Temperaments in a Waldorf School

The four temperaments are utilized in Waldorf schools to guide the instruction of each child. Accurately diagnosing these temperaments fosters trust between the teacher and student and between the teacher and the entire class. Teachers frequently arrange seating based on temperaments, grouping students with similar ones together. This creates a subtle “homoeopathic” experience, mirroring the child’s own temperament and
assisting in fostering balance within their character.
Teachers in Waldorf schools exercise caution to avoid over-relying on temperaments. Overuse of this evaluative tool risks inappropriately labelling a child. Moreover, a child’s temperament can evolve as they grow. Therefore, ongoing observation and adaptability regarding temperaments are essential, rather than making fixed determinations about them. Recognising these temperaments allows teachers to connect
compassionately with students, understanding their unique dispositions.

The four temperaments are: choleric, sanguine, phlegmatic, and melancholic.
1) Choleric individuals thrive on action. They possess a fiery temperament and engage deeply in all activities. They are natural leaders, efficient in group work, and have a keen sense of fairness. Teachers can assign them challenging tasks and set clear rules. Cholerics are often impatient with slow or weaker peers. They’re typically drawn to the colour red and prefer division in arithmetic. Without them, little might be
accomplished in a class.
2) Sanguine individuals are the most social of the temperaments. Classes without Sanguines might feel dull. These students are easily distracted and are drawn to the colour yellow. They appreciate variety and are often the hub of classroom news. Teachers seeking information can turn to a sanguine student for the full story. When seated together, they might recognise their tendency to overtalk and reduce their chatter. In terms of physical activities, they prefer activities like jumping rope and skipping.
3) Phlegmatic individuals prefer calm and consistency. They often have a keen interest in food and mealtimes and are drawn to water-based activities. Teachers need to find what truly motivates these students; otherwise, they might remain passive. Disturbing their calm or forcing frequent changes might provoke an intense, choleric-like reaction. The arithmetic operation they prefer is addition, and they often favour the colour green. When seated together, they might become more proactive, recognizing their collective tendency towards inactivity.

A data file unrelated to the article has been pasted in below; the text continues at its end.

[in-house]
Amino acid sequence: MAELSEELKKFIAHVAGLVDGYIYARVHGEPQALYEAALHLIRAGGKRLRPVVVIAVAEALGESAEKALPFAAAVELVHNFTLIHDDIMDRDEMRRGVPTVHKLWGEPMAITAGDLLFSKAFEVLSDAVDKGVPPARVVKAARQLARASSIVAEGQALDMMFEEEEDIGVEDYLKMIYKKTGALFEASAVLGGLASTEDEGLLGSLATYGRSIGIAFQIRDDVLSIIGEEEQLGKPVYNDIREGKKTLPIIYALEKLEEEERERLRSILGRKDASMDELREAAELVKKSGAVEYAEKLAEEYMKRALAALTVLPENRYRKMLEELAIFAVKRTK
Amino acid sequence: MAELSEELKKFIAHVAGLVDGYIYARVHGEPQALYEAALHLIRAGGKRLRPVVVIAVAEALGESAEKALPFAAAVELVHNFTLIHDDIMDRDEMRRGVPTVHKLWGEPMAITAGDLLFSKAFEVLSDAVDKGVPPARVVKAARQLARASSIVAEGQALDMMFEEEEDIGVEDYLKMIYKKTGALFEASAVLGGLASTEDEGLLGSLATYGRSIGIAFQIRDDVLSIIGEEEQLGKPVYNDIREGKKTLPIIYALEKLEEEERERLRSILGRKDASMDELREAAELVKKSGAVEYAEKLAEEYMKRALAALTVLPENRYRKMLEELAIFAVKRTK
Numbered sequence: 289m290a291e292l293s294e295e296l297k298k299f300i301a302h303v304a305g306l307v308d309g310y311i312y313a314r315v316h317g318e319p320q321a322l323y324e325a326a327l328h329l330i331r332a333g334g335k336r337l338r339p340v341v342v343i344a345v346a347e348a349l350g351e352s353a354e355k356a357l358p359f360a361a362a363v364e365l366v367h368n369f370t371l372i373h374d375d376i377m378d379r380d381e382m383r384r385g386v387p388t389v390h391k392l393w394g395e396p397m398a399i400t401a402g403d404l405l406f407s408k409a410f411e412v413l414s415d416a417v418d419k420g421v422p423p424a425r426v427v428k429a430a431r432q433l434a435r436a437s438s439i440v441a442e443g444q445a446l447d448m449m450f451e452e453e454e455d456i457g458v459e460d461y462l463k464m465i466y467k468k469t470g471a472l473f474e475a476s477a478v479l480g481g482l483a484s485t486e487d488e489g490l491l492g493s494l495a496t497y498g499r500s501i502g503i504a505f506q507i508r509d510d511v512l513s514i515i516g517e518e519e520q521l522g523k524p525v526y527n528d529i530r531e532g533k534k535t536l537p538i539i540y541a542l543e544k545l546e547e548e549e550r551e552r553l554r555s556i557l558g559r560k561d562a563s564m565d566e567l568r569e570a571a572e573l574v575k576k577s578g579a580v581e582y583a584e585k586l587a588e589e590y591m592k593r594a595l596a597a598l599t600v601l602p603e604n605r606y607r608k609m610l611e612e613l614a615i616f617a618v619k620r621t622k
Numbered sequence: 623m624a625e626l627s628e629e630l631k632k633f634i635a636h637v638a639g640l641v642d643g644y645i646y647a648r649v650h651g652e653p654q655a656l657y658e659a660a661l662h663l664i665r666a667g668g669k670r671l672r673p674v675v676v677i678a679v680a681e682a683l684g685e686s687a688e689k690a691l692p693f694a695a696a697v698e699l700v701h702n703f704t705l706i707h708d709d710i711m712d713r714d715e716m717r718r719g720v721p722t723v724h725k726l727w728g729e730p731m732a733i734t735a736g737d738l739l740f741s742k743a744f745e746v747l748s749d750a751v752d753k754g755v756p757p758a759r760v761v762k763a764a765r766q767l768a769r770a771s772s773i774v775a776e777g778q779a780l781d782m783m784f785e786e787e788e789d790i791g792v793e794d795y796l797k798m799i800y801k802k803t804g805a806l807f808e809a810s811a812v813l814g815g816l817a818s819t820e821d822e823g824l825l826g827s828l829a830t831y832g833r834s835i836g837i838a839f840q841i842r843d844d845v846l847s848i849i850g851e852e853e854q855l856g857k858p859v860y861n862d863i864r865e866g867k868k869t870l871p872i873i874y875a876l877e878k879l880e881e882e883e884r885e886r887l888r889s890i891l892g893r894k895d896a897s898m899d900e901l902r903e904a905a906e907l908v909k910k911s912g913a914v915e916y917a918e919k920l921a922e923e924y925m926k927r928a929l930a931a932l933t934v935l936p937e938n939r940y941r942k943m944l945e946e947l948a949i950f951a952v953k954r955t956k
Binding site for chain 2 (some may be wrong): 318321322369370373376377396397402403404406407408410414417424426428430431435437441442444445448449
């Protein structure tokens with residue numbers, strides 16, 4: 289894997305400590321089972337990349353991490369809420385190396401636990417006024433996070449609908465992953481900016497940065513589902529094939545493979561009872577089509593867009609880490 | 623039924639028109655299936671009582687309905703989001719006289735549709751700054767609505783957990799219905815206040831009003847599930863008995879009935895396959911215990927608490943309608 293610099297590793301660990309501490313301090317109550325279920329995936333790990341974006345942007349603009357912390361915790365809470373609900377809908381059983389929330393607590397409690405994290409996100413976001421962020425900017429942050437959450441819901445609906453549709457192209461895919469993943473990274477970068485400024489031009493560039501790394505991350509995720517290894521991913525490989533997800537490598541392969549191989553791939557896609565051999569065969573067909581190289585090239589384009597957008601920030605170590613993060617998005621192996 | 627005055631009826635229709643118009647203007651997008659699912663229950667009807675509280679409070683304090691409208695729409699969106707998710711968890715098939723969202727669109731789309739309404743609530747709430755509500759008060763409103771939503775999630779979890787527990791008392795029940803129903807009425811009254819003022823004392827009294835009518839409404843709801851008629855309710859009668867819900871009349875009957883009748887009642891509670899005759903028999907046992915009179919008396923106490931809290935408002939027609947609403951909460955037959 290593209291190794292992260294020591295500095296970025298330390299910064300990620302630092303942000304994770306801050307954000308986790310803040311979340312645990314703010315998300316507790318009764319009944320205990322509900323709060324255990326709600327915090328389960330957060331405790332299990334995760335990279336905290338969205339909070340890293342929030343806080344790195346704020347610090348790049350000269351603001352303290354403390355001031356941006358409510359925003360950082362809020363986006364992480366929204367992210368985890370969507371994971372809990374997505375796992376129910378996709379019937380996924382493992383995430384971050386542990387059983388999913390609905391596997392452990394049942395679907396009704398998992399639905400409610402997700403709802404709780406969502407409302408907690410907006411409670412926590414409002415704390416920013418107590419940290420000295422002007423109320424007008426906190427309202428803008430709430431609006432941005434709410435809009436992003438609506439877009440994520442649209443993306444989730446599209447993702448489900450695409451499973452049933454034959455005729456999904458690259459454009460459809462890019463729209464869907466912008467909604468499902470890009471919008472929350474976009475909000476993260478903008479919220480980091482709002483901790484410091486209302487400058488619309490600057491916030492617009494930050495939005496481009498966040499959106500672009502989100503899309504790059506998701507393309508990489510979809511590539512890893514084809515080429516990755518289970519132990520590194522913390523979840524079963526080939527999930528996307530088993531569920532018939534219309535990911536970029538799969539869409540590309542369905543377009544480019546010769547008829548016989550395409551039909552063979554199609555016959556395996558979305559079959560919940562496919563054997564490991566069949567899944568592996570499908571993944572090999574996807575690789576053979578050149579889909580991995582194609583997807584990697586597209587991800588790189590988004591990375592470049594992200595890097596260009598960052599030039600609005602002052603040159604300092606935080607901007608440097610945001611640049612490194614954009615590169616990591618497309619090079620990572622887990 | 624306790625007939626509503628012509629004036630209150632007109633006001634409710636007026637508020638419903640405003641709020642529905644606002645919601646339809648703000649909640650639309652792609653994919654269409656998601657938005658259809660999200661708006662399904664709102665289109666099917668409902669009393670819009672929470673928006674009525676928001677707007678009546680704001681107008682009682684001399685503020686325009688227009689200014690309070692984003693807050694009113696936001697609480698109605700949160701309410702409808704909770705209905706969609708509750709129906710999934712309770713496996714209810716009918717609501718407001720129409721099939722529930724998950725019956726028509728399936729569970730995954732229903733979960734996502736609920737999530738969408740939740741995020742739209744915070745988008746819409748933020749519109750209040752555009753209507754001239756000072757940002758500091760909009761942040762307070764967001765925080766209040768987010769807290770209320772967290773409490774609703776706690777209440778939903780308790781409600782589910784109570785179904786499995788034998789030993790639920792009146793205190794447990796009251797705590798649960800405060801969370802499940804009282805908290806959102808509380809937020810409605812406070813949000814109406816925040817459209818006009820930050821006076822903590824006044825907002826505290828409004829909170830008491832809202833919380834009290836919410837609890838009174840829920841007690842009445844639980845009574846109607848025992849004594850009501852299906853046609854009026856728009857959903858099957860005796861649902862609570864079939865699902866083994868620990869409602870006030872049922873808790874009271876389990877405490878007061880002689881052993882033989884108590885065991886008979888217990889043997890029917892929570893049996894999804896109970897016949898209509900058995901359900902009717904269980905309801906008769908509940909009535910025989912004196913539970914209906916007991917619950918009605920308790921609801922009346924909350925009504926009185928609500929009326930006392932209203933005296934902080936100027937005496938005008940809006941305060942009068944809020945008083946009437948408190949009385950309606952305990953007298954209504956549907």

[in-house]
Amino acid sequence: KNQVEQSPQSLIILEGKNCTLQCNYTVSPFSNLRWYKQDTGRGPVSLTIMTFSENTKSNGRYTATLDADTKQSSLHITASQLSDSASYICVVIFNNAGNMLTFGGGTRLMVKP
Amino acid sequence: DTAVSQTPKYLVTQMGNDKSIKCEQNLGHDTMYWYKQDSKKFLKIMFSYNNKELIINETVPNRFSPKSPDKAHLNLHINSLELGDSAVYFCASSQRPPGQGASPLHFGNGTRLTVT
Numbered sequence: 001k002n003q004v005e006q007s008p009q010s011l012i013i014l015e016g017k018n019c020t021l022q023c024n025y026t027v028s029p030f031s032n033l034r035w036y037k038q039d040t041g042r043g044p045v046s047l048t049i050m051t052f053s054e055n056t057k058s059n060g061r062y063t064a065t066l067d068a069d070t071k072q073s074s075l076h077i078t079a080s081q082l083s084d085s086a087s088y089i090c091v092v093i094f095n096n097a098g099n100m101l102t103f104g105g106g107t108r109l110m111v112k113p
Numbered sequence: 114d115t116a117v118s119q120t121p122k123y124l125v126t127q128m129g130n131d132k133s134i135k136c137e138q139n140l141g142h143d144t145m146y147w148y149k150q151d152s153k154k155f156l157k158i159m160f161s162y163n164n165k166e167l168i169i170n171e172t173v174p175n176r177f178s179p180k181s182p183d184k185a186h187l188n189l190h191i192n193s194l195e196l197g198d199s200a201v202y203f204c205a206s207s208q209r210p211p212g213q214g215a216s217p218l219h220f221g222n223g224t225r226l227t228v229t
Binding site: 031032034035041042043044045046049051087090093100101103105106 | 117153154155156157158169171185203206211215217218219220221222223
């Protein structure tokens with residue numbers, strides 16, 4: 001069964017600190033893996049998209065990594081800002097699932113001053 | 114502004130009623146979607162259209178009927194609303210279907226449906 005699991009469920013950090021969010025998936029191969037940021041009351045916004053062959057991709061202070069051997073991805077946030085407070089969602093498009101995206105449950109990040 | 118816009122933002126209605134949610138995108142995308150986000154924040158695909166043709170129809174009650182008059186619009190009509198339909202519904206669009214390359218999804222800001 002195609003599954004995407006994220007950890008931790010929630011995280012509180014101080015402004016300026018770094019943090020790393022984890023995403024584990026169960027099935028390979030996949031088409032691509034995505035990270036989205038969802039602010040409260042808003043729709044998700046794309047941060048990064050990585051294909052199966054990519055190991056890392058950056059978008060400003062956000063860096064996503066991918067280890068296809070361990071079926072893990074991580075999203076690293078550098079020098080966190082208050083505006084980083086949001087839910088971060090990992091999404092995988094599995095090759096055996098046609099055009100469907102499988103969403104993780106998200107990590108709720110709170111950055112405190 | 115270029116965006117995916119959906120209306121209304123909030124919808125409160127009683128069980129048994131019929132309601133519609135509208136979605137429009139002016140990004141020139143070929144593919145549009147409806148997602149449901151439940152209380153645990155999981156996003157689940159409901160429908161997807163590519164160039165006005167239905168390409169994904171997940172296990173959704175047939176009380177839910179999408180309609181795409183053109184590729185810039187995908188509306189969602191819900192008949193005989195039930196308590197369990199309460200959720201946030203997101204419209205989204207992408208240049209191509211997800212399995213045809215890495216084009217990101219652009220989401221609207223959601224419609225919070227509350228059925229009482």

4) Melancholic individuals are reflective and emotionally attuned. They can easily feel overwhelmed by tasks and often see situations pessimistically. In lessons, they empathise deeply with the struggles of historical figures. They tend to prefer subtraction in arithmetic and are often drawn to the colour blue. Teachers and parents must approach melancholics with deep empathy to ensure they feel seen and

Temperaments, as a manifestation of life, enrich our individual existence and give expression to our physiognomy, characterize our personal value. They account for the diversity of professions, languages, nations and races. Obviously, each temperament represents only one side of human nature, and so when it is allowed to grow into an extreme one-sidedness, it produces a caricature of ideal person. Seeing so many such caricatures of people in present-day life, few can doubt that an imbalance of temperaments has contributed largely to the chaos in which the world struggles today.
So far, it is only in Waldorf schools that temperaments are recognized and worked with. Such recognition, together with the knowledge necessary to achieve temperamental balance, forms a basic part of the teaching methods. No effort is made to extinguish any one temperament. On the contrary, it is so directed as to make it valuable in all its inborn vitality. The teacher tries to make every child have a predominant temperament, some of the lacking and necessary attributes of the other three. By adulthood, most individuals exhibit a blend of two temperaments, with one usually dominant. And with this knowledge comes the possibility of bringing balance to oneself and, thus, to the structure of society itself.